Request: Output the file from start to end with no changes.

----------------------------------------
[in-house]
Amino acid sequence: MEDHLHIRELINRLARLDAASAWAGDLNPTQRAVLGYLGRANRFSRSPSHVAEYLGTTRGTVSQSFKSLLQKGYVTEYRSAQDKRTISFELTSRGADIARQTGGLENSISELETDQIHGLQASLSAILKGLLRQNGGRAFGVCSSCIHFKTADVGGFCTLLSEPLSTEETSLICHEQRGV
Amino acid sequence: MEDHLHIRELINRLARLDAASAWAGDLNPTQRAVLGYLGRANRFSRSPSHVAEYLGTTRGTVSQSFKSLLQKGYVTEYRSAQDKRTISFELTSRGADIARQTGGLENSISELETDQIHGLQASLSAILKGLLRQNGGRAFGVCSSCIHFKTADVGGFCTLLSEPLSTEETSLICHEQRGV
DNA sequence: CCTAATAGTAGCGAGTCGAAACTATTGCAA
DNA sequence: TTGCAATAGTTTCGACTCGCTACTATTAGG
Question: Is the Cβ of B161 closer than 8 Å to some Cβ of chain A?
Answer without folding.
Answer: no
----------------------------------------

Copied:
[in-house]
Amino acid sequence: MEDHLHIRELINRLARLDAASAWAGDLNPTQRAVLGYLGRANRFSRSPSHVAEYLGTTRGTVSQSFKSLLQKGYVTEYRSAQDKRTISFELTSRGADIARQTGGLENSISELETDQIHGLQASLSAILKGLLRQNGGRAFGVCSSCIHFKTADVGGFCTLLSEPLSTEETSLICHEQRGV
Amino acid sequence: MEDHLHIRELINRLARLDAASAWAGDLNPTQRAVLGYLGRANRFSRSPSHVAEYLGTTRGTVSQSFKSLLQKGYVTEYRSAQDKRTISFELTSRGADIARQTGGLENSISELETDQIHGLQASLSAILKGLLRQNGGRAFGVCSSCIHFKTADVGGFCTLLSEPLSTEETSLICHEQRGV
DNA sequence: CCTAATAGTAGCGAGTCGAAACTATTGCAA
DNA sequence: TTGCAATAGTTTCGACTCGCTACTATTAGG
Question: Is the Cβ of B161 closer than 8 Å to some Cβ of chain A?
Answer without folding.
Answer: no